French researcher Isabelle Gil started out her academic life at Pantheon Sorbonne University interested in coastal geomorphology but exposure to the world of research drove her to change direction. For Isabelle, the new path was in the growing field of paleoclimatology. Today Isabelle has a post-doc working jointly for LNEG, the Portuguese National Laboratory for Energy and Geology and WHOI where she studies diatoms present in cored marine sediments from the North Atlantic to gather data about paleoclimates.
Isabelle chose to do her research practical abroad, studying coastal geomorphology in Brazil. Once in Brazil she learned that there was no funding available to analyze beach rocks but the group at the Federal University of Rio de Janeiro offered her the opportunity to learn about coring, sampling and studying diatoms from the coastal lagoon (click here for non-satellite map). At that point her education had been preparing her for a vocational degree but she was introduced to the world of academic research and she was hooked! She returned to Europe to continue working on these cores, completed her DEA at University of Bordeaux I and moved on to study and write about diatoms in ocean cores for her Ph.D at Bremen University in Germany. One of the cores she worked on for this degree was from the Laurentian Fan (sound familiar?) sent to her by our Chief Scientist, Lloyd Keigwin! Now Isabelle will return to Lisbon and start digging in to all the samples she has gathered from the Western Atlantic. This paleodata will be used in climate modeling. Her favorite part about being at sea? “It’s great to see how the work is done – it really balances the time you spend behind the microscope and writing up papers. It’s the fun part!”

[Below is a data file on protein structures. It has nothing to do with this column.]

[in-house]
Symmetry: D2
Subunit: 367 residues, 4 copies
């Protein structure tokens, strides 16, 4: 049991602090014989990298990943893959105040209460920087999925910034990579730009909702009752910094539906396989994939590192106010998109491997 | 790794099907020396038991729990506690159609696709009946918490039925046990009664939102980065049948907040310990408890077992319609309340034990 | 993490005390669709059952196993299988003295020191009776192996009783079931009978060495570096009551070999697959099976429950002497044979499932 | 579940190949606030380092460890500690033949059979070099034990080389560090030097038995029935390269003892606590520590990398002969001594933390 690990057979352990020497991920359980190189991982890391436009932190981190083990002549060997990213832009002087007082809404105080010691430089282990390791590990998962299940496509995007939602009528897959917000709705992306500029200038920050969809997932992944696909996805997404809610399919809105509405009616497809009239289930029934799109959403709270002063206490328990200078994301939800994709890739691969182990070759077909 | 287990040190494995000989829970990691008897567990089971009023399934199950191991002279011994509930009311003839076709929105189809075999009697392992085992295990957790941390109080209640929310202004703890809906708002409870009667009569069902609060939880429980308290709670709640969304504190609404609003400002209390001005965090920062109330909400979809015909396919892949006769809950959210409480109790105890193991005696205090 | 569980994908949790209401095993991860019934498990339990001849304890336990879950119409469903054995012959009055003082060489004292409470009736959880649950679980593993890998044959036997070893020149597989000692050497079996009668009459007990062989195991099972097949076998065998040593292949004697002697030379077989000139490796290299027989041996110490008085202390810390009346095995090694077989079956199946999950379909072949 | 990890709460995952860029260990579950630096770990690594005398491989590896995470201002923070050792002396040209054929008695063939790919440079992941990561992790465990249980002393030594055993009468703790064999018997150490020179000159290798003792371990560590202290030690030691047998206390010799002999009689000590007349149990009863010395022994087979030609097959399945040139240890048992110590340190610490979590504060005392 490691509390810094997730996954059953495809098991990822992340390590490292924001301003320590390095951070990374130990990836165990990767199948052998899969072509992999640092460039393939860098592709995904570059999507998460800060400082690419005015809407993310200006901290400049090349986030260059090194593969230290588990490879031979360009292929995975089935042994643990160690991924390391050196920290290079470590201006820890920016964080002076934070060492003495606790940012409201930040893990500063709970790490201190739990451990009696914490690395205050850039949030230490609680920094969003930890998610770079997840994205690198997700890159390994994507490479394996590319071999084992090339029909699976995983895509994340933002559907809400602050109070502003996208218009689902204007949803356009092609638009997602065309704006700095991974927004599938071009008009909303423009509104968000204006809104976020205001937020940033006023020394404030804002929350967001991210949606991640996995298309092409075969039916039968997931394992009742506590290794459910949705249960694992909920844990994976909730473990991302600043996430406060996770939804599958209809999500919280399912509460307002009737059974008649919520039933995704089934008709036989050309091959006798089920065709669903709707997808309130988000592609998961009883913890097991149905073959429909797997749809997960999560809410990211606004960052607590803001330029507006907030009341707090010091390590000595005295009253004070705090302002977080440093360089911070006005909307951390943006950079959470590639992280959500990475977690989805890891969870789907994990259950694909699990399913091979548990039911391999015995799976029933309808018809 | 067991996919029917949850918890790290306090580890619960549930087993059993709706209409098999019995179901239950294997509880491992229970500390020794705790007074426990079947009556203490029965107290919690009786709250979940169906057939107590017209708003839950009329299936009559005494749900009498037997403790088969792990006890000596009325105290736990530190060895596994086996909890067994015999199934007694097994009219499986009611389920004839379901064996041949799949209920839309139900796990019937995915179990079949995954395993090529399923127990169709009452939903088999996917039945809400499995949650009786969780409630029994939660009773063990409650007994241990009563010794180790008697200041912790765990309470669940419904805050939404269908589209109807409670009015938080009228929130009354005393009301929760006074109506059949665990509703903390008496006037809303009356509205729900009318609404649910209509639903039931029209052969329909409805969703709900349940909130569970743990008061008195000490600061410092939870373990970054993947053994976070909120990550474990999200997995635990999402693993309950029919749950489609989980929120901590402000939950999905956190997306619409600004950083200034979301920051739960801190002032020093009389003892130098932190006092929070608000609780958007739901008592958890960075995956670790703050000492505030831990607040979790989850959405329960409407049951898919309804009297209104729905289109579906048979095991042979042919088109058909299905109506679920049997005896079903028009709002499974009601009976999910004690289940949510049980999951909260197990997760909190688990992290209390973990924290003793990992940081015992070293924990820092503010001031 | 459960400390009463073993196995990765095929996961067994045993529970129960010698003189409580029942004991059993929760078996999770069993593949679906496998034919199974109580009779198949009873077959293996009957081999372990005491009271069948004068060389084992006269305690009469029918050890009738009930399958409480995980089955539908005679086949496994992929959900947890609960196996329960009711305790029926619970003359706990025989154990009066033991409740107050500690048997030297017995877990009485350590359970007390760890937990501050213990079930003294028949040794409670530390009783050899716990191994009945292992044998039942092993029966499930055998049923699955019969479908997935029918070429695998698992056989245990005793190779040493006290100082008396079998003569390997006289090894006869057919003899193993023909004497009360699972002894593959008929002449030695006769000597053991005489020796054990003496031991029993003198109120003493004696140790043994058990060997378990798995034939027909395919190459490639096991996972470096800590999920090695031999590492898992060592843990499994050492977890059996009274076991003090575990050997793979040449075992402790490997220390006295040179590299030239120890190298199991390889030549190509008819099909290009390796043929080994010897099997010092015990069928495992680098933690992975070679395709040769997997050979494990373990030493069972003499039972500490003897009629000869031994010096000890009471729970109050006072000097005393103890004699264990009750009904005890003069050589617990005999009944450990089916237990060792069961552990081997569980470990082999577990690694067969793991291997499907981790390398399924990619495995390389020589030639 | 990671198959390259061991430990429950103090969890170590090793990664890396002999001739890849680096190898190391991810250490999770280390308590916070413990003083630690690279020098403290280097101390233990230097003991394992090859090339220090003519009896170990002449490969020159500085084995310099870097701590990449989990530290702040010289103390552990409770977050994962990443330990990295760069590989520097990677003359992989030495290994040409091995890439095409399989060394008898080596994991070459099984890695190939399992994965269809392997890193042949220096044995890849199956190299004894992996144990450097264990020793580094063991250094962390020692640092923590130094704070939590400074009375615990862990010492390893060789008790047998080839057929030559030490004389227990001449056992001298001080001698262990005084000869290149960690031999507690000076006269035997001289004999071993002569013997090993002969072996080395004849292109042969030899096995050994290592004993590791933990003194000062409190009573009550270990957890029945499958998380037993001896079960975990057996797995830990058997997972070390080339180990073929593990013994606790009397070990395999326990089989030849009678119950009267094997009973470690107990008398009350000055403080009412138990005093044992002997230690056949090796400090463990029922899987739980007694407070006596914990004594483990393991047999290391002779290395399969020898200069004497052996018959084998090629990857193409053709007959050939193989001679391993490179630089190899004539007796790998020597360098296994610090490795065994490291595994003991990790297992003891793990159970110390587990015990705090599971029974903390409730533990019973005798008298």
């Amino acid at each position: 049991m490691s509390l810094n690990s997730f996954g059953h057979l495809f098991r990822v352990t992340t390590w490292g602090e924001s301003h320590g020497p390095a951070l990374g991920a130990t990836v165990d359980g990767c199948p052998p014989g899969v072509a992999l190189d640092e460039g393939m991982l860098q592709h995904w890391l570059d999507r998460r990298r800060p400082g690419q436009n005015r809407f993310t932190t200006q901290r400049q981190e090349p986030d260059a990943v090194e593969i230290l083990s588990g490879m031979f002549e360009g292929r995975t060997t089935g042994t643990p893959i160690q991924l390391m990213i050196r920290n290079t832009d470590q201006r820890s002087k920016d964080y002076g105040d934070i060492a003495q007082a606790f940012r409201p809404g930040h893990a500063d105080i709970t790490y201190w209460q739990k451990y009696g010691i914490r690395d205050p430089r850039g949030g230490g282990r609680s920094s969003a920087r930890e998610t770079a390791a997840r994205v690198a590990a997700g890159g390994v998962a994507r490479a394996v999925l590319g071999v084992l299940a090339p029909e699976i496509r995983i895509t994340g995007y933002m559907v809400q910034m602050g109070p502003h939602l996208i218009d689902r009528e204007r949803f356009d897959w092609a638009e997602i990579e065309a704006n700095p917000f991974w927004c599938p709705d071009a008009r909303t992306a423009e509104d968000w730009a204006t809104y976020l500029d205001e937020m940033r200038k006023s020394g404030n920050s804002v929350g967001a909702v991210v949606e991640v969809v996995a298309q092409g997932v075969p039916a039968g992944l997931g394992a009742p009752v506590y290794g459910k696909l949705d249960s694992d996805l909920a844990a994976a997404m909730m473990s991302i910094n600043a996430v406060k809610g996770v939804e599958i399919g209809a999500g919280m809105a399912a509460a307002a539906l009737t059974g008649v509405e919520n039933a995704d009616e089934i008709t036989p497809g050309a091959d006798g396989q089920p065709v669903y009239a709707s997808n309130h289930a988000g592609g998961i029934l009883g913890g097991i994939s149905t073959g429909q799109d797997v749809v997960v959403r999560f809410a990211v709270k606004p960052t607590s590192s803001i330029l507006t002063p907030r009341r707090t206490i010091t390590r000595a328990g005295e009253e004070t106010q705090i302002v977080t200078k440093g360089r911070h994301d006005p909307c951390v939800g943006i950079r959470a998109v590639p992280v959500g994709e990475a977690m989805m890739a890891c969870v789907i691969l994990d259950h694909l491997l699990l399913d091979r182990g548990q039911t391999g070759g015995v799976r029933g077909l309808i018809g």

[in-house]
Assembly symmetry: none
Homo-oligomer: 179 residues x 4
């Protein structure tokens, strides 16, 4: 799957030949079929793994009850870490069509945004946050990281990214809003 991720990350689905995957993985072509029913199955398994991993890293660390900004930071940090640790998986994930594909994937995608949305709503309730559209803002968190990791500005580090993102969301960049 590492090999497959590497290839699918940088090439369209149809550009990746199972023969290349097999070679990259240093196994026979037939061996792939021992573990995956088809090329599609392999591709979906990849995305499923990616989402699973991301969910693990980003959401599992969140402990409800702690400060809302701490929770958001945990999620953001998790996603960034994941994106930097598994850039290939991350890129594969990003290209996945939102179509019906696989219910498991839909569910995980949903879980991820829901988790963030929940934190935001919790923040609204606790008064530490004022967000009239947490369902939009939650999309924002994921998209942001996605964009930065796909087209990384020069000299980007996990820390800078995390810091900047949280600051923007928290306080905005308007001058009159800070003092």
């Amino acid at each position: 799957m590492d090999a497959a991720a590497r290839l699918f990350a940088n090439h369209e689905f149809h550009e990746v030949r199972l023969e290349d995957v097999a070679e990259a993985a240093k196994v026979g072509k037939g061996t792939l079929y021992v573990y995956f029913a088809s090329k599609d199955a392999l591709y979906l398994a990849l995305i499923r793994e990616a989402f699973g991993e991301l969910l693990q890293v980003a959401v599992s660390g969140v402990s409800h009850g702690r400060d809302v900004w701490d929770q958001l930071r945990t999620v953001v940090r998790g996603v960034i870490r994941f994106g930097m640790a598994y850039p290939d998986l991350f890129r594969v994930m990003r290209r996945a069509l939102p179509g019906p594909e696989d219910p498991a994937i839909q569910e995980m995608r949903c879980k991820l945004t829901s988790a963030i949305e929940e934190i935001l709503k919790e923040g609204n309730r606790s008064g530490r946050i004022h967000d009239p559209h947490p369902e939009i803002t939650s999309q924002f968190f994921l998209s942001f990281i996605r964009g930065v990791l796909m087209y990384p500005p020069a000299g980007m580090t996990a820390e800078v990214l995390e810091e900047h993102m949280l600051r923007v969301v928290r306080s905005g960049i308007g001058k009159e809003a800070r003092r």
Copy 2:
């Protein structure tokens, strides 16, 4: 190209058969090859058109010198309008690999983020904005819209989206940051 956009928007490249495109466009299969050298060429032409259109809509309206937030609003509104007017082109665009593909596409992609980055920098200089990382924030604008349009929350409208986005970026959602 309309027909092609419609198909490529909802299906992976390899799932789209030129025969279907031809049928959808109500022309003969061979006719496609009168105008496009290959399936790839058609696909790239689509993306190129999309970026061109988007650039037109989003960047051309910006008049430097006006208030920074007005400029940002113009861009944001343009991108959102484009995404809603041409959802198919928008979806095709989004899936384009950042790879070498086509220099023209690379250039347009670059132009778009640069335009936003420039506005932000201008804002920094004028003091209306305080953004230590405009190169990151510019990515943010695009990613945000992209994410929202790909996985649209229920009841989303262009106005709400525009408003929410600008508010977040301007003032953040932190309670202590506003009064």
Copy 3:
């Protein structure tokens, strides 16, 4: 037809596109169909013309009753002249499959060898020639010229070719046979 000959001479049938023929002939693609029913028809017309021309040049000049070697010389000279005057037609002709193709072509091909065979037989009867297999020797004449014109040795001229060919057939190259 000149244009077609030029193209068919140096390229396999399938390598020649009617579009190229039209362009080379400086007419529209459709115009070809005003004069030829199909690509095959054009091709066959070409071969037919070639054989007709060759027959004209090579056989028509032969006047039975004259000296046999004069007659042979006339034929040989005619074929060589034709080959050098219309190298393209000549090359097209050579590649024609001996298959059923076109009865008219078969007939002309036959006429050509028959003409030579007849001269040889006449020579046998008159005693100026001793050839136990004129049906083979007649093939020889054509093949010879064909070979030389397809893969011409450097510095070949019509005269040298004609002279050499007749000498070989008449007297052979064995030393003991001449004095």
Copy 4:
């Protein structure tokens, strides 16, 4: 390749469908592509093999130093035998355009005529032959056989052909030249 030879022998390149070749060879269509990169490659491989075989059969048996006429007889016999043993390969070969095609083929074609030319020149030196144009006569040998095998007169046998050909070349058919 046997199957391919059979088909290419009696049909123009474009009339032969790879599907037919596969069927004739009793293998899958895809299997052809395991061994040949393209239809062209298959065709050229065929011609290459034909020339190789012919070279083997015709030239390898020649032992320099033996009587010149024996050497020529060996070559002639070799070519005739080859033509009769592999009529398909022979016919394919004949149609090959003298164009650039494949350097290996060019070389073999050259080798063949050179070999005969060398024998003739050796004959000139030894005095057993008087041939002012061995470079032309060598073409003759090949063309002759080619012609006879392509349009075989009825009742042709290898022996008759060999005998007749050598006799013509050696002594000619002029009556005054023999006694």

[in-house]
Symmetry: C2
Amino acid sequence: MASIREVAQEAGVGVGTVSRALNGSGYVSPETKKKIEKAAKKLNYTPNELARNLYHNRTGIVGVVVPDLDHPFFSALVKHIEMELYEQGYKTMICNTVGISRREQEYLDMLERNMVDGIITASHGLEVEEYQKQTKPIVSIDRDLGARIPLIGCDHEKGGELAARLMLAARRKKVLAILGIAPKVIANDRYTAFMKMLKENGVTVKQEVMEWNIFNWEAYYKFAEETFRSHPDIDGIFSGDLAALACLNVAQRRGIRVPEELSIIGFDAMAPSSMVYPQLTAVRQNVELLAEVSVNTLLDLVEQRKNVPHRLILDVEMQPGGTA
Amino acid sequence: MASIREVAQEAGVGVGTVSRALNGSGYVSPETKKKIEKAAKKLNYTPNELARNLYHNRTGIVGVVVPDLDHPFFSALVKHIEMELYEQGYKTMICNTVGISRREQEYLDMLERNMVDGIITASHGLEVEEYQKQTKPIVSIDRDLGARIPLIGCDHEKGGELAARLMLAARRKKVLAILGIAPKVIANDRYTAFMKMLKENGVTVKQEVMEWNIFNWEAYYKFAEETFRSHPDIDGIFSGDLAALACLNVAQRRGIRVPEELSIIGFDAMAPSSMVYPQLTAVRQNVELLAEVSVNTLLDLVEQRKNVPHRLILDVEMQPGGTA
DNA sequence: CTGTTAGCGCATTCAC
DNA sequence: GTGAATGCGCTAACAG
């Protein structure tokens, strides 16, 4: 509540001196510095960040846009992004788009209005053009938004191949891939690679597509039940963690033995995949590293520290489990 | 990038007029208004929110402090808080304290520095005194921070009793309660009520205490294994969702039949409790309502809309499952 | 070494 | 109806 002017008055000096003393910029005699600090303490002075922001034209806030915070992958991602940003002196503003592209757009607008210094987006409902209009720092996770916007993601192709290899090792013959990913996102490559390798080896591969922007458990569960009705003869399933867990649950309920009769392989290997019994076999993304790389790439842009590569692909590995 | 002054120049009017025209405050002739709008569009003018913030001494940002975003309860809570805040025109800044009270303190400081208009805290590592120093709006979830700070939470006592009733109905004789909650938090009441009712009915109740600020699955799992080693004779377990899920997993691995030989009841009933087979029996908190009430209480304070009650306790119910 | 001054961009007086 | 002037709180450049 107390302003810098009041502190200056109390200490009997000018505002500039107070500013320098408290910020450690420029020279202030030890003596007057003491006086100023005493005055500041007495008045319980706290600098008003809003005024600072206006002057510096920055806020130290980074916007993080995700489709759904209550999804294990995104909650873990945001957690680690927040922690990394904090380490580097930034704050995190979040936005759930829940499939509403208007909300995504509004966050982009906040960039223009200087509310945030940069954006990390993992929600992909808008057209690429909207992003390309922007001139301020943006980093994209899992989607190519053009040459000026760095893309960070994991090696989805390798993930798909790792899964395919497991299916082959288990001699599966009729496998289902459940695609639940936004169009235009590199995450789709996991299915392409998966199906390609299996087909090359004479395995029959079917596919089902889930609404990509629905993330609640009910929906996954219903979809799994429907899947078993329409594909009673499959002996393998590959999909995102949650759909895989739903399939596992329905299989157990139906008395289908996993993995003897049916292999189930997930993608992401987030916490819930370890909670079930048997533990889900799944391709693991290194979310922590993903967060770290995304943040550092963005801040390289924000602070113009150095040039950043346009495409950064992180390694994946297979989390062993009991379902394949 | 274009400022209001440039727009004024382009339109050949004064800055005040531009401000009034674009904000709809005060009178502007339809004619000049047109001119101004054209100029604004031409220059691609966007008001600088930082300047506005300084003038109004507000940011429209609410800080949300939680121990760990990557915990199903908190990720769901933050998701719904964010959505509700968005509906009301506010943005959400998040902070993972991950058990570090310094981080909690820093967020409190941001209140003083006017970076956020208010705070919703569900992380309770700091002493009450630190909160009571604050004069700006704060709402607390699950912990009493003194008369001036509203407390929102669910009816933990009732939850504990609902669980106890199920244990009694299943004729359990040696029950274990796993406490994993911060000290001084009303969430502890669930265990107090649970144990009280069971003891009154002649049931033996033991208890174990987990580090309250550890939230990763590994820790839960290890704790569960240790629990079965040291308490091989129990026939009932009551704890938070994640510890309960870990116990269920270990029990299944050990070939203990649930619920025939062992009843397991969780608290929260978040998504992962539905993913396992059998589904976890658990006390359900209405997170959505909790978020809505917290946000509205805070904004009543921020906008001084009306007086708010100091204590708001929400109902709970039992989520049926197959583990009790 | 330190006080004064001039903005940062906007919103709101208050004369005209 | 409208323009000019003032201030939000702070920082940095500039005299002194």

Sarah Schulenberg, Graduate Student UNH
I stumbled into paleoceanography/paleoclimatology, to be honest. I earned a Bachelor’s degree in chemistry at a small state university and began to realize towards the end of that track that I wasn’t entirely sure what I wanted to do. I had begun to hear about graduate school from professors and teaching assistants. It sounded like a good deal: they pay your tuition and fees and pay you a stipend to teach or do research, all while earning a degree that may earn you more money in the end. At least that is how it translated into my mind.
Around the same time, I had learned about a melding of disciplines known as geochemistry. I began the search for graduate programs in geochemistry, not knowing that was about as ambiguous as saying a degree in chemistry.
I ended up being accepted into the graduate program in the Jackson School of Geosciences at The University of Texas at Austin. I was put under the advisement of a faculty member interested in hydrogeology and geomicrobiology.